Cape Town hotels say that the negative media coverage
surrounding the Day Zero water-saving campaign has contributed to a drop of
between 30% and 50% in bookings this year.
In January, the city warned it would run out of water by
April 12 -- and termed it Day Zero -- unless drastic conservation tactics were
followed. Later, following February rains and evidence the conservation
campaign was working, Day Zero was pushed back to 2019.
Debra Algie, executive manager of sales and marketing at the
One&Only Cape Town, said the campaign had the unintended consequence of
scaring away tourists.
"Effectively, Day Zero was a campaign with an awfully
chosen name to focus on forcing the Cape Town community to conserve water,"
she said. "It has been very successful but has had a negative impact, as
The most dire headlines ran in January, the peak booking
period for South Africa, and the Day Zero delay happened too late for hotels
and tour operators.
At the One&Only Cape Town, bookings in April were down
about 10% to 15%, but that is not as high as the drop at most hotels. Algie said
that properties catering to meetings, incentives, conferences and exhibitions
groups were more negatively affected than ones that, like the One&Only,
cater to leisure travelers.
A survey of 18 hotels and tour operators in Cape Town by
Wesgro, the city's official tourism promotion agency, found that forward
bookings between April and September are down 30% to 50% and that January and
February revenue declined 10% to 15%. The source markets most impacted were the
U.K., Germany and the U.S.
Algie was in the U.S. recently, meeting with travel agents,
tour operators and the media to make sure they understood the reality on the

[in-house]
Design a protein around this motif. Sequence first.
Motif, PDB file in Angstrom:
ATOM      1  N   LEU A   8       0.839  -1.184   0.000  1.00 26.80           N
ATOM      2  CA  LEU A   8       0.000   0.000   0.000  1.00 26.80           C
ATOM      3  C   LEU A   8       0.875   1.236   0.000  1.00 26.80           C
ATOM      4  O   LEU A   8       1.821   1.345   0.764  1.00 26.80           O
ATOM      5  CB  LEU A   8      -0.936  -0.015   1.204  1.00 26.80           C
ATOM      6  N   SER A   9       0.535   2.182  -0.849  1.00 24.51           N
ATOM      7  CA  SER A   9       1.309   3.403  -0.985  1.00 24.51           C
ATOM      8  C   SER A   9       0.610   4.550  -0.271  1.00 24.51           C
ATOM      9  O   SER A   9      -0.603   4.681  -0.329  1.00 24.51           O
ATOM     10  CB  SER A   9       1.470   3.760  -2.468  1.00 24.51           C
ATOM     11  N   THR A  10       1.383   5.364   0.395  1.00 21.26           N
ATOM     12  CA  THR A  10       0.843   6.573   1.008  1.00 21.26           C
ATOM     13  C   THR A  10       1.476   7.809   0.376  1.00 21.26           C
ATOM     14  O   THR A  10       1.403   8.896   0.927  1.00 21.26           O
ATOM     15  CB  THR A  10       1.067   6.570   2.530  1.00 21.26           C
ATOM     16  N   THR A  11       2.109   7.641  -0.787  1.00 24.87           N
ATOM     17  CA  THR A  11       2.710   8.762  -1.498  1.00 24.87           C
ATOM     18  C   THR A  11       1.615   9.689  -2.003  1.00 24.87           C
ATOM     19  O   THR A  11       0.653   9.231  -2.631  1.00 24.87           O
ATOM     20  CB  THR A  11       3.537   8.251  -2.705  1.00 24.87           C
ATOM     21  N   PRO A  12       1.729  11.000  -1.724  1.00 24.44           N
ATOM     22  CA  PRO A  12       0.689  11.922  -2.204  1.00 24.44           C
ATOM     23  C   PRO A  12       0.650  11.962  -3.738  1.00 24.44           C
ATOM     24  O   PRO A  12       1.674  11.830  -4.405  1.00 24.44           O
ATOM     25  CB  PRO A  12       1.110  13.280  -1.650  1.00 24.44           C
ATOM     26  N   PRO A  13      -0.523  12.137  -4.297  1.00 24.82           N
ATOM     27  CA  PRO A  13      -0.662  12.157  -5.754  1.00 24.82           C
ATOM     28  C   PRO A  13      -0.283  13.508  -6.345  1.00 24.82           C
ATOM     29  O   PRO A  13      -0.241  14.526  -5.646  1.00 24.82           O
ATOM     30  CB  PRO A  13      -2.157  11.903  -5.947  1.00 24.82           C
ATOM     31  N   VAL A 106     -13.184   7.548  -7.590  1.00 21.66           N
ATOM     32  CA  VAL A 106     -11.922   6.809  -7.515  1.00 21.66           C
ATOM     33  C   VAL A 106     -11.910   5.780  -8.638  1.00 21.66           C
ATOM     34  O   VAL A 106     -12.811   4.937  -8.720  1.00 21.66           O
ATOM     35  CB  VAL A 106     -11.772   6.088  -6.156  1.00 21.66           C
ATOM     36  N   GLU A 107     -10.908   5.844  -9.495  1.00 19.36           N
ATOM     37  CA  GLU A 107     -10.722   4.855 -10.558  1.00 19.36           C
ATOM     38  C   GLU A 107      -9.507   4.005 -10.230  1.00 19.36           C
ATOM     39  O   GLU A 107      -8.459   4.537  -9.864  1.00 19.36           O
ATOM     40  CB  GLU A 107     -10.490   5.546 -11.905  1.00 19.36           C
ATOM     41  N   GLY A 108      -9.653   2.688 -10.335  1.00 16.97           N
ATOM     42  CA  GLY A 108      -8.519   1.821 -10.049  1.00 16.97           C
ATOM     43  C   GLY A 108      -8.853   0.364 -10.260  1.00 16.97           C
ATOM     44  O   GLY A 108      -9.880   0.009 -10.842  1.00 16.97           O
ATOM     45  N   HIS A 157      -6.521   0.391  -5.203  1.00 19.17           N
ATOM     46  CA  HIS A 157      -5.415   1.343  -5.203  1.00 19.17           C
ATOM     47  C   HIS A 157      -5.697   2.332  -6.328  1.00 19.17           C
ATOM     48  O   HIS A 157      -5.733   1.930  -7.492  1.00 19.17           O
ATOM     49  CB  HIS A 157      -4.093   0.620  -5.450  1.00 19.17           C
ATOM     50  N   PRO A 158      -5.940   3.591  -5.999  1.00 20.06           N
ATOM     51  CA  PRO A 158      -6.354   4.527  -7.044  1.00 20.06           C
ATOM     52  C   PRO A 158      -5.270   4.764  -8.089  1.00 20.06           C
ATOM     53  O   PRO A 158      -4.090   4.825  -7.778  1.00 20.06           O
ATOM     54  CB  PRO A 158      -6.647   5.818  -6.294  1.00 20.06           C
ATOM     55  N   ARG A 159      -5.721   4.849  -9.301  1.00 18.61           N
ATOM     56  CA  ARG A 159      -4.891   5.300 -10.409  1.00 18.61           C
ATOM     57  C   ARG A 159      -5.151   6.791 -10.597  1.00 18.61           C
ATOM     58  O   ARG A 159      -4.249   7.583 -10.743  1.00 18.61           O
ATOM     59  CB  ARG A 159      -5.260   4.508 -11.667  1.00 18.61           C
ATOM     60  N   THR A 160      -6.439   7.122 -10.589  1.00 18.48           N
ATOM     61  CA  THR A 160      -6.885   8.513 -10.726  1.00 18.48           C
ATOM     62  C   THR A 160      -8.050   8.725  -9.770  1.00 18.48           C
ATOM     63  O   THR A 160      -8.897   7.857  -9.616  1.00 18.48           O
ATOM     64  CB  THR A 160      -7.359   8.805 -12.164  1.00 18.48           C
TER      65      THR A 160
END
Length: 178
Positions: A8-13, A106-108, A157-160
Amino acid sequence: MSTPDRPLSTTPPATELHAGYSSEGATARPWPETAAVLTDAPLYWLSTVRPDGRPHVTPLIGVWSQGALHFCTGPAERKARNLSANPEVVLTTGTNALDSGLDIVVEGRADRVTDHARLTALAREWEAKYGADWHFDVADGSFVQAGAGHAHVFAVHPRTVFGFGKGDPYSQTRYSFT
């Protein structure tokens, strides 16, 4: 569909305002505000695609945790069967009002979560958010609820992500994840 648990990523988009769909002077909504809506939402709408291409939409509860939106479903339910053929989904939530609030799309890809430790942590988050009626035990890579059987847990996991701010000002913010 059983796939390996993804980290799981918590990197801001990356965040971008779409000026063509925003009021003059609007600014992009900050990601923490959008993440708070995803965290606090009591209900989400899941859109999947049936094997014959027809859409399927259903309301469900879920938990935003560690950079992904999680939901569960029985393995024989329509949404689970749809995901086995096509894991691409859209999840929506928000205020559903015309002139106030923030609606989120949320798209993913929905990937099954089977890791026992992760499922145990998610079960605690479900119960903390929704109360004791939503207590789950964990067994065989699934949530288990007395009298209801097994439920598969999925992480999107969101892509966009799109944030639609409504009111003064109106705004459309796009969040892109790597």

ground in Cape Town, which is that while hotels have drastically reduced water
usage -- by 40% year over year at the One&Only, which also encourages
guests to "Save Like a Local" -- no guest is being negatively
affected, she said.
Algie said the city needs tourism because visitors make up
just 1% to 3% of the population even in peak season, but they deliver $3
billion a year to the economy.
"When the news broke in January," Algie said, "visitor
concerns started with, 'Are we going to have water?' and shifted to the social
impact: 'Do Capetonians want us to be there?' From an economic point of view,
tourists are a vital necessity. Not having tourists in Cape Town affects the
people you want to help."
There is hope now among travel suppliers that as the Day
Zero headlines fade, so will people's hesitancy to visit Cape Town. Americans
typically travel during the U.S. summer to South Africa, and so far, Algie
said, "July and August are tracking well."
Several U.S. travel agents also said they had not
experienced a booking dip.
"While we did have booked clients who would be visiting
Cape Town who expressed concern, we did not experience any cancellations or
clients who altered their travel plans to avoid visiting Cape Town," said Brian Sanchez of Journeys Travel Group in Menomonee Falls, Wis. He added that
none of the operators he works with have canceled tours there. "Our future
bookings and inquiries are steady and unchanged."